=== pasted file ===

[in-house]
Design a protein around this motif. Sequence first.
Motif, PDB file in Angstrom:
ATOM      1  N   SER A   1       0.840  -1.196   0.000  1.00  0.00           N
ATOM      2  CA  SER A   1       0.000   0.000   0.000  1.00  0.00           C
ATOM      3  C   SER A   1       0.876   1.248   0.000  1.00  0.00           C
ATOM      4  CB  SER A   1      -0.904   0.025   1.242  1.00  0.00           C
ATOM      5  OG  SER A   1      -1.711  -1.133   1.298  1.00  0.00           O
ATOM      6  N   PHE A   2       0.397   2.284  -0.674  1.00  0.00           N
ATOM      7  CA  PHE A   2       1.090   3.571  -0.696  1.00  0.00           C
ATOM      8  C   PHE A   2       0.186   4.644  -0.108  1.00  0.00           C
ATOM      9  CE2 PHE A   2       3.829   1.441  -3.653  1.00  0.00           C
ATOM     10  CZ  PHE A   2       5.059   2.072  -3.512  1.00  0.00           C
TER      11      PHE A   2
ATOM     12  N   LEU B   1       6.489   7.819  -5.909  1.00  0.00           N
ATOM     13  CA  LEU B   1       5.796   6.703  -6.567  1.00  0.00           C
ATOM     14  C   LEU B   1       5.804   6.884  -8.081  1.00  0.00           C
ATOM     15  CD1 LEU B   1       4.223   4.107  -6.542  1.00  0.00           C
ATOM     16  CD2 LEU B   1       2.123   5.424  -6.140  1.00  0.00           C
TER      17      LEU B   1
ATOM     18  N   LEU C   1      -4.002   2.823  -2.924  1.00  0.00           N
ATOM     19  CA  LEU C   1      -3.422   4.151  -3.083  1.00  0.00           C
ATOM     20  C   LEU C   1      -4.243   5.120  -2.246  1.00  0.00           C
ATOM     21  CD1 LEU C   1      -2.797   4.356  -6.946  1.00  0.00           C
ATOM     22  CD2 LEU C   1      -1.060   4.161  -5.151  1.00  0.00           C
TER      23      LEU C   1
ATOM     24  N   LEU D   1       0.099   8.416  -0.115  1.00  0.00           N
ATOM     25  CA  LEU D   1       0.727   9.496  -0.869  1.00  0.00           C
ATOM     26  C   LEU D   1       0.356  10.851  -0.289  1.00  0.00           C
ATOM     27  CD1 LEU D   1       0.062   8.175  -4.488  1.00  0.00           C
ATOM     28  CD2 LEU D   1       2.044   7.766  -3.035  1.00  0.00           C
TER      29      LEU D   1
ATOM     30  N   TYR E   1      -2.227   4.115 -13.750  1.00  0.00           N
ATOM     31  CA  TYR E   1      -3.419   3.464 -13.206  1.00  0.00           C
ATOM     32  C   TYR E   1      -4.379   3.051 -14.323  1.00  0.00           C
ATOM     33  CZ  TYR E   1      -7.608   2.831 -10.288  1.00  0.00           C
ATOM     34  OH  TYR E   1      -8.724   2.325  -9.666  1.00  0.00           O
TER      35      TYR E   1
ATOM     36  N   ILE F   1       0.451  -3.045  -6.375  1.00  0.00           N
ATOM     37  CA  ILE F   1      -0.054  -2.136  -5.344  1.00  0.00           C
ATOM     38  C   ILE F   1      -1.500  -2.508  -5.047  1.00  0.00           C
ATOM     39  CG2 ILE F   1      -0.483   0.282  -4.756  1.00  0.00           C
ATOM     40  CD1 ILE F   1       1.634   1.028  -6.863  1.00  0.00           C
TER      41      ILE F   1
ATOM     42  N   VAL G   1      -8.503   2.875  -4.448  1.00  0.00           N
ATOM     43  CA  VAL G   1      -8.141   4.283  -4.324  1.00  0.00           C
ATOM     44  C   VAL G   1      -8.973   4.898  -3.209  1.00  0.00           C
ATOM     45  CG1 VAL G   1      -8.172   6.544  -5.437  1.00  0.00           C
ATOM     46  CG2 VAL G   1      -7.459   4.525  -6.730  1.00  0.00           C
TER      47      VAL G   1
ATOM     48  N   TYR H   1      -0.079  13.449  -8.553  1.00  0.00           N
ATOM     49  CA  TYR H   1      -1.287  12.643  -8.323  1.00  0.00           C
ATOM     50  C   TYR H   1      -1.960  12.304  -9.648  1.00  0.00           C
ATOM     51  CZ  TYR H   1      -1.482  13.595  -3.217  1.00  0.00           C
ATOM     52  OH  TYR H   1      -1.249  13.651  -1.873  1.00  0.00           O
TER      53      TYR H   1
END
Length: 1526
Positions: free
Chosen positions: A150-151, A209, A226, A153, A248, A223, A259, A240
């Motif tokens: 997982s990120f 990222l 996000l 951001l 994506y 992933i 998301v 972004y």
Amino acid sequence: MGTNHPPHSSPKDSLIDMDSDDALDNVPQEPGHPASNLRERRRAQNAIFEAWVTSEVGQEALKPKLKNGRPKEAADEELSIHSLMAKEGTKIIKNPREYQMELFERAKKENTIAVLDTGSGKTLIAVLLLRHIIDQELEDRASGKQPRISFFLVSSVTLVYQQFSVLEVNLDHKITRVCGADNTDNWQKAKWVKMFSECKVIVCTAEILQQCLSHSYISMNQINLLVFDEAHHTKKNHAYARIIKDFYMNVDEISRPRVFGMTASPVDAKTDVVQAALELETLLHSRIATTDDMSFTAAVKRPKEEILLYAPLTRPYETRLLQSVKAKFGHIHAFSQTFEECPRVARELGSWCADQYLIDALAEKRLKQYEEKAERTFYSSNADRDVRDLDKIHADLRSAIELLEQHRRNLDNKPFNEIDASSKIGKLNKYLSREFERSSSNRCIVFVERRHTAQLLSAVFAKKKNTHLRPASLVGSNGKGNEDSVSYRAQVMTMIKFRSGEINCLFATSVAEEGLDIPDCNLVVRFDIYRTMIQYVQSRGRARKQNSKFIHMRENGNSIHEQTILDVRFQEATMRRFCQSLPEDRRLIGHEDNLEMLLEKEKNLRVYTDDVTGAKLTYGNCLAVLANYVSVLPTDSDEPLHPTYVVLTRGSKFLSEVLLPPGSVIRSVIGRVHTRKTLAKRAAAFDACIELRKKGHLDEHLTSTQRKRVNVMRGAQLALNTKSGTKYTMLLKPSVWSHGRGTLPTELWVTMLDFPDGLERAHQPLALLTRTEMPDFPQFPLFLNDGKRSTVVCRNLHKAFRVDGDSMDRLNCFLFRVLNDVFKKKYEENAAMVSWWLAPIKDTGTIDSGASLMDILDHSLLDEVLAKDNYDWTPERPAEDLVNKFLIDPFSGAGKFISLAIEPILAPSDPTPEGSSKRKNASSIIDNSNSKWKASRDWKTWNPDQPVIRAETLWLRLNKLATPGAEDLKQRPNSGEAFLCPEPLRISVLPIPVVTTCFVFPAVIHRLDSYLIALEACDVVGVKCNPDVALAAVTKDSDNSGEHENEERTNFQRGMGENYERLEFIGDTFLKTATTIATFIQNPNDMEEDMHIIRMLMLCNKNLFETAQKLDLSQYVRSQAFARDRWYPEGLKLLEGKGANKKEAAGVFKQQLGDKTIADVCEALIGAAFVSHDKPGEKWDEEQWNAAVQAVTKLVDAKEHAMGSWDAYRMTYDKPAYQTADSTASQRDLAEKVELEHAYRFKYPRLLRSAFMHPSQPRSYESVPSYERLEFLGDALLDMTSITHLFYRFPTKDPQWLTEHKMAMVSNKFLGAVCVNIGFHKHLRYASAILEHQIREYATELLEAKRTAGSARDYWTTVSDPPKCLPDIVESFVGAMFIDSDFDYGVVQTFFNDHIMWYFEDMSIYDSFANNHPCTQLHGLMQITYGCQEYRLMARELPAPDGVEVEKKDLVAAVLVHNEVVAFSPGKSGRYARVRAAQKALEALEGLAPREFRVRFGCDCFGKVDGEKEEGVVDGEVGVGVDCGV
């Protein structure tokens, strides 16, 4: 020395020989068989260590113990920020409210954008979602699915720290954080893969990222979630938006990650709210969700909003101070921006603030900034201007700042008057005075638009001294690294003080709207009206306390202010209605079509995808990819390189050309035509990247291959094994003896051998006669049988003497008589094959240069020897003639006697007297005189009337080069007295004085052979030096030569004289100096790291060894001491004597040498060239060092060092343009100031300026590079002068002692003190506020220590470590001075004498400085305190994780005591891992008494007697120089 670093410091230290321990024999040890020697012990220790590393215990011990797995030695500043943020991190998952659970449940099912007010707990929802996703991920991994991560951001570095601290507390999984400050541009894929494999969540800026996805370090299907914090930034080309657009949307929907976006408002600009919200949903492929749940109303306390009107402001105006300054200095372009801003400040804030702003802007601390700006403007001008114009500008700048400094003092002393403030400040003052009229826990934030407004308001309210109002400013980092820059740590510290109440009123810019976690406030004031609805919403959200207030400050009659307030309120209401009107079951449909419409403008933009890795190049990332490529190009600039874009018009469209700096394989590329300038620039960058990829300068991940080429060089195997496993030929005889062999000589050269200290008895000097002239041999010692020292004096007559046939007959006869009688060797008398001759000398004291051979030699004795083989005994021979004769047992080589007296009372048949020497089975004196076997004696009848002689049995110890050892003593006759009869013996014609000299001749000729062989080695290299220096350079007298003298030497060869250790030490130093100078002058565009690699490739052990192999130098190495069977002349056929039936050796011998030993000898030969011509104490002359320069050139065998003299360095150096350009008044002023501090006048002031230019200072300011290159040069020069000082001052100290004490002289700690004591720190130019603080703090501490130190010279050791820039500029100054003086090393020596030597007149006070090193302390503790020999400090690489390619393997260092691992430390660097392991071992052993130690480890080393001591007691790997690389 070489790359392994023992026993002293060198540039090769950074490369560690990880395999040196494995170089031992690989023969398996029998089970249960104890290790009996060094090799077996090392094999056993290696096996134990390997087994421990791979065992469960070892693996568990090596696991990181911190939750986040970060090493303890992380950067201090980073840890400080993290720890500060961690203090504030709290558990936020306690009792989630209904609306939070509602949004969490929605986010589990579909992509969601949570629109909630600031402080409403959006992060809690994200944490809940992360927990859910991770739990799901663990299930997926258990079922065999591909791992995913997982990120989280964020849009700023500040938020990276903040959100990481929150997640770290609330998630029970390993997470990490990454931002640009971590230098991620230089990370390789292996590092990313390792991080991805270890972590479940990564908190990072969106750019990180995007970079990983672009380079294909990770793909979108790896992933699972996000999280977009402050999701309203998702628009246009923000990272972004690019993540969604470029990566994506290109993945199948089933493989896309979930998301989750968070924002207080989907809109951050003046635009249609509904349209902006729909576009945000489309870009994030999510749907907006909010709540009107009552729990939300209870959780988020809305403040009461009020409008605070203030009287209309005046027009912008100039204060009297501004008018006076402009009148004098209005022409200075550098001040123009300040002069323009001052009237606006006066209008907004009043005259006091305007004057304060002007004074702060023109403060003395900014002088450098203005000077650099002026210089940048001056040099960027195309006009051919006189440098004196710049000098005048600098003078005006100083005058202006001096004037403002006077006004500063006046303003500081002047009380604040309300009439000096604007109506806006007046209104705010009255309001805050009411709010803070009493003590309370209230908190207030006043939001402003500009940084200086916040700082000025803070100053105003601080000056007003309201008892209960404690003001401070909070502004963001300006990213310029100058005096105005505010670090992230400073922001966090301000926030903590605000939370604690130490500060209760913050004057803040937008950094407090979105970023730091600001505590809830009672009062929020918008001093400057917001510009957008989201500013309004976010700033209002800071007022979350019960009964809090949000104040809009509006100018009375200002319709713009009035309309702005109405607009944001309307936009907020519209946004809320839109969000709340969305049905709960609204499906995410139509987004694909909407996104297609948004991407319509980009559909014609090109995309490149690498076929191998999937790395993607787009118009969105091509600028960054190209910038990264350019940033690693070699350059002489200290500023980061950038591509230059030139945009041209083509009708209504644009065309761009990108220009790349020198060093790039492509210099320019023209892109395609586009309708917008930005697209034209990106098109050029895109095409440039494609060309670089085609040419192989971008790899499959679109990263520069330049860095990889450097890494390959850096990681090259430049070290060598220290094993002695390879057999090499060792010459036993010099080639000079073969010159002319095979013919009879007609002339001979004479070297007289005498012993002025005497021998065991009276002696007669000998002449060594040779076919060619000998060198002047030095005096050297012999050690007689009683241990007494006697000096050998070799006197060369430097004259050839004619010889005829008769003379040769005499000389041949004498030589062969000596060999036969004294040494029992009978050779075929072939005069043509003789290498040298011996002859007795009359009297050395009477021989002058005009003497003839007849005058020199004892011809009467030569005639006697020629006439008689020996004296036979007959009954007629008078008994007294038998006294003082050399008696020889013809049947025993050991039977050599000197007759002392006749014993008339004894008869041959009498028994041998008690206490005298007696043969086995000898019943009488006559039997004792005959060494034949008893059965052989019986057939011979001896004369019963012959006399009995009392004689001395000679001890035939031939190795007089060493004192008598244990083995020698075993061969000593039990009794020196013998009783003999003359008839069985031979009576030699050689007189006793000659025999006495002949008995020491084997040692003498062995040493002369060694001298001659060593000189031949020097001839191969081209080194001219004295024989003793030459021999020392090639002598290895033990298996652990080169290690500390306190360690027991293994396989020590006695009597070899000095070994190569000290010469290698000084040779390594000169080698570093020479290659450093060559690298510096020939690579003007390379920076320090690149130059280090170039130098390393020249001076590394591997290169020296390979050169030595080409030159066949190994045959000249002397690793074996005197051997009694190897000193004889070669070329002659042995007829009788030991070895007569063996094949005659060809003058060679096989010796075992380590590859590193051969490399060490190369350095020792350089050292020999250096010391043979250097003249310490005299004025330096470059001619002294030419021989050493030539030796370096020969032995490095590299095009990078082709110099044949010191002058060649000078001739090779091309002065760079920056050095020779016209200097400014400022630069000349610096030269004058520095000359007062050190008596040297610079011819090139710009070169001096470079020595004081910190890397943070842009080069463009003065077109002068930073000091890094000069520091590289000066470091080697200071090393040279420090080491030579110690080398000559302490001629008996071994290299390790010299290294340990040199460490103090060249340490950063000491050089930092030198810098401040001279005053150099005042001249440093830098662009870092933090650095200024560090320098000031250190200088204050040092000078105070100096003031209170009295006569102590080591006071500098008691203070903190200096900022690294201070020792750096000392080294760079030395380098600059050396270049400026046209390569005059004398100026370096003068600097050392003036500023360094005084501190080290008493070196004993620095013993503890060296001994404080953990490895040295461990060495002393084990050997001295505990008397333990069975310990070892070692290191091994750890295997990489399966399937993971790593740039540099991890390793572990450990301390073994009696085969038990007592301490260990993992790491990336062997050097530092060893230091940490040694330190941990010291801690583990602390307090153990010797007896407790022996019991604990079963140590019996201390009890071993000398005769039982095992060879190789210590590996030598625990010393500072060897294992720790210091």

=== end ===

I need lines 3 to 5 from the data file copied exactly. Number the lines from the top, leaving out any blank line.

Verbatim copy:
Motif, PDB file in Angstrom:
ATOM      1  N   SER A   1       0.840  -1.196   0.000  1.00  0.00           N
ATOM      2  CA  SER A   1       0.000   0.000   0.000  1.00  0.00           C